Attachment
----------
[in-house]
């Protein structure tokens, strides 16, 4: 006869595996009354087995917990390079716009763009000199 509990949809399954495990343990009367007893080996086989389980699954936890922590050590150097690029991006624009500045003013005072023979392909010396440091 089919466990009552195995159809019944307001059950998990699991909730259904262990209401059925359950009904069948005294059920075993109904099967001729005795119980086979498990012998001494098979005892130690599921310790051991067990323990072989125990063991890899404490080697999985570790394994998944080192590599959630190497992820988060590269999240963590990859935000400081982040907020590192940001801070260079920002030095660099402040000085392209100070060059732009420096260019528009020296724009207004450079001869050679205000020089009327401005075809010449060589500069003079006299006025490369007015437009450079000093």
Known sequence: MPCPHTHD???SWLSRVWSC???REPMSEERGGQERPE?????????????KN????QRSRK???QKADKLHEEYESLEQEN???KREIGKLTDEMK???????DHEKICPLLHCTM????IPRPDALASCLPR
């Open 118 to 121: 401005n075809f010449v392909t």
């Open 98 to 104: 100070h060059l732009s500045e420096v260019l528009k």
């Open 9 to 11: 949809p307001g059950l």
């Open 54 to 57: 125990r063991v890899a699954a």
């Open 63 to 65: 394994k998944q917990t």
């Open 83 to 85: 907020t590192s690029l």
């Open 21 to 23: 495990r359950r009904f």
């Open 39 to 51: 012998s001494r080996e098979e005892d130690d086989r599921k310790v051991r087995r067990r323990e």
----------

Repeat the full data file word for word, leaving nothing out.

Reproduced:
[in-house]
């Protein structure tokens, strides 16, 4: 006869595996009354087995917990390079716009763009000199 509990949809399954495990343990009367007893080996086989389980699954936890922590050590150097690029991006624009500045003013005072023979392909010396440091 089919466990009552195995159809019944307001059950998990699991909730259904262990209401059925359950009904069948005294059920075993109904099967001729005795119980086979498990012998001494098979005892130690599921310790051991067990323990072989125990063991890899404490080697999985570790394994998944080192590599959630190497992820988060590269999240963590990859935000400081982040907020590192940001801070260079920002030095660099402040000085392209100070060059732009420096260019528009020296724009207004450079001869050679205000020089009327401005075809010449060589500069003079006299006025490369007015437009450079000093």
Known sequence: MPCPHTHD???SWLSRVWSC???REPMSEERGGQERPE?????????????KN????QRSRK???QKADKLHEEYESLEQEN???KREIGKLTDEMK???????DHEKICPLLHCTM????IPRPDALASCLPR
């Open 118 to 121: 401005n075809f010449v392909t």
């Open 98 to 104: 100070h060059l732009s500045e420096v260019l528009k």
């Open 9 to 11: 949809p307001g059950l």
């Open 54 to 57: 125990r063991v890899a699954a």
């Open 63 to 65: 394994k998944q917990t």
């Open 83 to 85: 907020t590192s690029l």
């Open 21 to 23: 495990r359950r009904f």
């Open 39 to 51: 012998s001494r080996e098979e005892d130690d086989r599921k310790v051991r087995r067990r323990e």